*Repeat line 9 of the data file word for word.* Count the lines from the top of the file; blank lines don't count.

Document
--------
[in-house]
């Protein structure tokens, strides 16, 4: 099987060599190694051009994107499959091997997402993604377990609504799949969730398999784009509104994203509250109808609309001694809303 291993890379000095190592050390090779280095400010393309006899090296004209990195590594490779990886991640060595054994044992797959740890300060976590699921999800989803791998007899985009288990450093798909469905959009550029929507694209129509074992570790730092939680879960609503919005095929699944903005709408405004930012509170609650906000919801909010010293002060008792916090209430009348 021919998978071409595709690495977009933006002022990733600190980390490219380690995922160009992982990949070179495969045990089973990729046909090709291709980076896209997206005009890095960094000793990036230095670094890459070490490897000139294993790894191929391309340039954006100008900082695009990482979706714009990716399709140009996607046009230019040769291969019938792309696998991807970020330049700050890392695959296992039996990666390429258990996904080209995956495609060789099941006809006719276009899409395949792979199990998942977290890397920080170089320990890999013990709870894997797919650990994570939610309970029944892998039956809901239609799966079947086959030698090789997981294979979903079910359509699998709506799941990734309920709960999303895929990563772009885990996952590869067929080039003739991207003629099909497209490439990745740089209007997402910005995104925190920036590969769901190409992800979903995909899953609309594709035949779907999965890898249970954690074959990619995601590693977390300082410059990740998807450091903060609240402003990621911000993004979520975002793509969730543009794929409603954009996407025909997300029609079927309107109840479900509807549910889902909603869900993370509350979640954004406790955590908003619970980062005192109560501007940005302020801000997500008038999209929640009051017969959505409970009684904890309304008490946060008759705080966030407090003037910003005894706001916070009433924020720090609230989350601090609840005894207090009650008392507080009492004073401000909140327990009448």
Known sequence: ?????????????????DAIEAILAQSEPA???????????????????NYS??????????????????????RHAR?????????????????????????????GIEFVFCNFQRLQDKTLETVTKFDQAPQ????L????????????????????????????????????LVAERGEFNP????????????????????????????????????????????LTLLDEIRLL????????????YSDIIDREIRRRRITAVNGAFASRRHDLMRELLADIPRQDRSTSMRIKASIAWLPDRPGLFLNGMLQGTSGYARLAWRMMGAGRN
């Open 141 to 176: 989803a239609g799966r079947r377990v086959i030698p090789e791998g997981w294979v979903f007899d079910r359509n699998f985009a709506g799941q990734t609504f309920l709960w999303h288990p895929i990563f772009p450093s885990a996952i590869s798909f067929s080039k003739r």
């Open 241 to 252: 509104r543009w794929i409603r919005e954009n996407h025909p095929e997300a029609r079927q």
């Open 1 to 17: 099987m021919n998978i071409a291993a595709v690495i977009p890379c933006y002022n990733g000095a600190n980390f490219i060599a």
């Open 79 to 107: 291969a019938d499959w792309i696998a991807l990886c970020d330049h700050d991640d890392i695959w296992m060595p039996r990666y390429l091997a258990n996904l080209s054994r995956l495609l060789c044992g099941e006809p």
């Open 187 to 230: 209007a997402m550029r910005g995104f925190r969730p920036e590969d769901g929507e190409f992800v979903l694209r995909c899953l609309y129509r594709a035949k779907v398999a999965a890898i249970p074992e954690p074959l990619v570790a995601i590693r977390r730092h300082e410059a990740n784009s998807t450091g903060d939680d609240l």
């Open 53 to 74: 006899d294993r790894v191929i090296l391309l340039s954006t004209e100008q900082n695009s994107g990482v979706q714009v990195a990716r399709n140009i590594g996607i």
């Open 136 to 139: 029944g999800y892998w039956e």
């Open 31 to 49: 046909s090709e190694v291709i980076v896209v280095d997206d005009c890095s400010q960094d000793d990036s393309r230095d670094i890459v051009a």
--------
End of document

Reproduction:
């Open 53 to 74: 006899d294993r790894v191929i090296l391309l340039s954006t004209e100008q900082n695009s994107g990482v979706q714009v990195a990716r399709n140009i590594g996607i």